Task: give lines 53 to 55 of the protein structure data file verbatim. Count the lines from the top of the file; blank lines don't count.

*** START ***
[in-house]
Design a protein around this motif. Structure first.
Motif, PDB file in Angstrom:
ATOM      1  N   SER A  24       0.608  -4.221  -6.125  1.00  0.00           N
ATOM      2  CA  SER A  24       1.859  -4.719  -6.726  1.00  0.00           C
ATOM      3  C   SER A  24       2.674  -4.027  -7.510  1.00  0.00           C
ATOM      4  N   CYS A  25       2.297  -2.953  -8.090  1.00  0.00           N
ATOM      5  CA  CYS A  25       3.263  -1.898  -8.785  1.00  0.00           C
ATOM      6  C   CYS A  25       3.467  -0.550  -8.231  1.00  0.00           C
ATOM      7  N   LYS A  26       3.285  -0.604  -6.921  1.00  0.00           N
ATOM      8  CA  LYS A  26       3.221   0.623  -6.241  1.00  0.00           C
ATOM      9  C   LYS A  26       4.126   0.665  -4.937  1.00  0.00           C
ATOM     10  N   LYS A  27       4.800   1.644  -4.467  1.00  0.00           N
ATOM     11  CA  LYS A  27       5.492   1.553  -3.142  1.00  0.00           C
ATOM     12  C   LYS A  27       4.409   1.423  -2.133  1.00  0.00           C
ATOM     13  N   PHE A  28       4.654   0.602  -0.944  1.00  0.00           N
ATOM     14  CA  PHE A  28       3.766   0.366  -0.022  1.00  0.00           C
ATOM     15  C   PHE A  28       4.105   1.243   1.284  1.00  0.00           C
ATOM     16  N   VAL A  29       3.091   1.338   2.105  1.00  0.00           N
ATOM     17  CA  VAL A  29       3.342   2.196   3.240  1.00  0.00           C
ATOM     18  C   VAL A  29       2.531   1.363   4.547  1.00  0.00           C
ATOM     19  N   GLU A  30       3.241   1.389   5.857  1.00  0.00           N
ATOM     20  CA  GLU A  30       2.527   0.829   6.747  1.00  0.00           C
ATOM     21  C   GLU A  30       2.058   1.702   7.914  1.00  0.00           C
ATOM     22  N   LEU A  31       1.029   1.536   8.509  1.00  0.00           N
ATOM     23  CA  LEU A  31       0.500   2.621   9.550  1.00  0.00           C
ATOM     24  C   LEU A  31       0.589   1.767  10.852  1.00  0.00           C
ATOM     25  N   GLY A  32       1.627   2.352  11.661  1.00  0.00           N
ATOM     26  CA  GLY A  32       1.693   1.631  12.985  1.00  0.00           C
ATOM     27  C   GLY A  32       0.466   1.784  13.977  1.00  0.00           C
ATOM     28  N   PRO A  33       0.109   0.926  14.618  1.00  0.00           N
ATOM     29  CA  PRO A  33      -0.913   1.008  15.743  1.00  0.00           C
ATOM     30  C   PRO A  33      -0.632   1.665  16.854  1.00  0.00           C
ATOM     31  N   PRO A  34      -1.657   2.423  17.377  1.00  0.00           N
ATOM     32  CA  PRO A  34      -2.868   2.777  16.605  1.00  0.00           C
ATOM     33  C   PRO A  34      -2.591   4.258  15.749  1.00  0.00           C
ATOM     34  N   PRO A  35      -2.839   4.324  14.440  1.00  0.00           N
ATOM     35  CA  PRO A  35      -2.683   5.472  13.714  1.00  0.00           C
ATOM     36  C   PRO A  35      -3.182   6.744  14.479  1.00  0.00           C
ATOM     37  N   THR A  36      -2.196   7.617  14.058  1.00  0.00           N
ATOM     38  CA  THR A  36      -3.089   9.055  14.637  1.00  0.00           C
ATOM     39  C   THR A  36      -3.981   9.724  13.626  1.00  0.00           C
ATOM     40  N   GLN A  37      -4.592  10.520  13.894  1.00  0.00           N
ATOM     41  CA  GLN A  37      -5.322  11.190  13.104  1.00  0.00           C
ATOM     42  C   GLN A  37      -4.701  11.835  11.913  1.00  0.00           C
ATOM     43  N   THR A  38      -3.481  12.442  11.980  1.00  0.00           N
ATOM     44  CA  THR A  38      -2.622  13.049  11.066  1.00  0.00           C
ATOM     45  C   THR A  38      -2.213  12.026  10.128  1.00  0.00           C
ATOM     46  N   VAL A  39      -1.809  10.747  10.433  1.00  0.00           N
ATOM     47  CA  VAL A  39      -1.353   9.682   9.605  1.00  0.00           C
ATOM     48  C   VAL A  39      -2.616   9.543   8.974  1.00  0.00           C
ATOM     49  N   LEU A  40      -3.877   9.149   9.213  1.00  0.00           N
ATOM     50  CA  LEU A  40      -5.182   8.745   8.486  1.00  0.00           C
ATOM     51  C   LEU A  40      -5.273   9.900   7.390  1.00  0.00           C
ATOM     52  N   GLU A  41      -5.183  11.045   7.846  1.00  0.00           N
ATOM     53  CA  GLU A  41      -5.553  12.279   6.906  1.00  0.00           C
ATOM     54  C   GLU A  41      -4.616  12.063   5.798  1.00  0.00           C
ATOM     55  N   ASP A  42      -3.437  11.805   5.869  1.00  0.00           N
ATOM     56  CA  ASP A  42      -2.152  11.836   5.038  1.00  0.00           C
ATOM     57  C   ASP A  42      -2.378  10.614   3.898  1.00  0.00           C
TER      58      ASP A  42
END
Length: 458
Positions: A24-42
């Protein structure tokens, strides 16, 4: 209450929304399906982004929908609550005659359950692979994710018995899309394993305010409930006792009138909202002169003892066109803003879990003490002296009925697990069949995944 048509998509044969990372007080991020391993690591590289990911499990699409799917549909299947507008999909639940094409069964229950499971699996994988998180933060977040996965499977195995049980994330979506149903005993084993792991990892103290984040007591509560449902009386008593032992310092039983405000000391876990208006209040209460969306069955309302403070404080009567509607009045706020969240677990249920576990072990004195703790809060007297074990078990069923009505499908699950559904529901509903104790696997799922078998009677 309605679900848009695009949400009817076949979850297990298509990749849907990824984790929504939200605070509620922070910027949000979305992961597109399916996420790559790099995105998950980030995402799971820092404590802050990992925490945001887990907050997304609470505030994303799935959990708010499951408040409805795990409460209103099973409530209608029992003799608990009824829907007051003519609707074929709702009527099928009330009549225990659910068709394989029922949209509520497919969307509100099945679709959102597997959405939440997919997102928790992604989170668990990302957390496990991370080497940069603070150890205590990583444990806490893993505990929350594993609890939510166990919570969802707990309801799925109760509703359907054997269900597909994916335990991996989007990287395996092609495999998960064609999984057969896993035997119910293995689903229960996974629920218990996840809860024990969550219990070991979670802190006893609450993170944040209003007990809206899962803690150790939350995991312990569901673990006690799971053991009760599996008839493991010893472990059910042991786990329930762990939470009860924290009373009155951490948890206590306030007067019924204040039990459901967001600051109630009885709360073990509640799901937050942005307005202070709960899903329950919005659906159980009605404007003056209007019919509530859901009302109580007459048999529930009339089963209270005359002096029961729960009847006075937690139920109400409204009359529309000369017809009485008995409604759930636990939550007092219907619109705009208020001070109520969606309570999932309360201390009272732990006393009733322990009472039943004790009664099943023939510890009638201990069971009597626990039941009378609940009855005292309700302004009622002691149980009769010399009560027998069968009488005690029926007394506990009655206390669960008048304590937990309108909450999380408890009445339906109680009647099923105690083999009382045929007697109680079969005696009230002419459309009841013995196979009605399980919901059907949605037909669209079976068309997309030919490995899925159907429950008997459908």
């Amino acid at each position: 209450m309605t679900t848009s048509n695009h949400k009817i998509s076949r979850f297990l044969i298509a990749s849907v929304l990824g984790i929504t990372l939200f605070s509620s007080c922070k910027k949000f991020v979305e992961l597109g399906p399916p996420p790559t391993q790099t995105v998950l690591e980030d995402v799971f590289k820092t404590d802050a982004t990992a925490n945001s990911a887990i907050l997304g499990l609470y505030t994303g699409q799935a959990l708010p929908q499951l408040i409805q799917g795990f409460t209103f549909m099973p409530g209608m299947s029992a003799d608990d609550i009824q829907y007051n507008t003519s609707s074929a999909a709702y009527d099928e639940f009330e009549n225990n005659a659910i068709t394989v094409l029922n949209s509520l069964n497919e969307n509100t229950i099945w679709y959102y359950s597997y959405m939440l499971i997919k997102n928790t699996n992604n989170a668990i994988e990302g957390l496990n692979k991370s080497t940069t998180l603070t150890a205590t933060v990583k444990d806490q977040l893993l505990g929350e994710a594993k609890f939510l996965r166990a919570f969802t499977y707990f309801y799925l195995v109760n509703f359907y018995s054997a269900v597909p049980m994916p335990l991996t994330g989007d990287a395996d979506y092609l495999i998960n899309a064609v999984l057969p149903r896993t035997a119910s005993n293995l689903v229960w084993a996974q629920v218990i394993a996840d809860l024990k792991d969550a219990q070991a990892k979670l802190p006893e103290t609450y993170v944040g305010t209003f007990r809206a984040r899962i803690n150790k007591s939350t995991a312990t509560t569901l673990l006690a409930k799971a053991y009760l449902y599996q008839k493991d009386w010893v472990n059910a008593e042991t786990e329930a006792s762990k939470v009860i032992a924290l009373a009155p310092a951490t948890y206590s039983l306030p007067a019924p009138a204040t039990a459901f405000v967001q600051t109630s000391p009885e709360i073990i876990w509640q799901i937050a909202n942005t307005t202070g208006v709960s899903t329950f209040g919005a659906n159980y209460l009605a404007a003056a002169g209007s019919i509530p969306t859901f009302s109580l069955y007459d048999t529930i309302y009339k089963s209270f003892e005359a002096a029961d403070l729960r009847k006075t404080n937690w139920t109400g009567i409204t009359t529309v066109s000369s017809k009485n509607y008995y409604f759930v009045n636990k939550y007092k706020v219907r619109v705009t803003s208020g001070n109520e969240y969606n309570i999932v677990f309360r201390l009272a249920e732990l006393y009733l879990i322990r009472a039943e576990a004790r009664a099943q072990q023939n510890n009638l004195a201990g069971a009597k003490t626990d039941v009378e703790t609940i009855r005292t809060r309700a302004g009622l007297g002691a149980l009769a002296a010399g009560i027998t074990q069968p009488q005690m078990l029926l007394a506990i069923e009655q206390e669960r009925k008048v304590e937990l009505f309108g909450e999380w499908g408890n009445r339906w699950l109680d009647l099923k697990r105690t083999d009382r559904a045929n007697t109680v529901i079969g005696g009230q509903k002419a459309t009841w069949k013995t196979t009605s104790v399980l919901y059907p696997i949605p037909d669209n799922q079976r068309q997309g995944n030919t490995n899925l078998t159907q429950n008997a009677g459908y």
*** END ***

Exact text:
ATOM     50  CA  LEU A  40      -5.182   8.745   8.486  1.00  0.00           C
ATOM     51  C   LEU A  40      -5.273   9.900   7.390  1.00  0.00           C
ATOM     52  N   GLU A  41      -5.183  11.045   7.846  1.00  0.00           N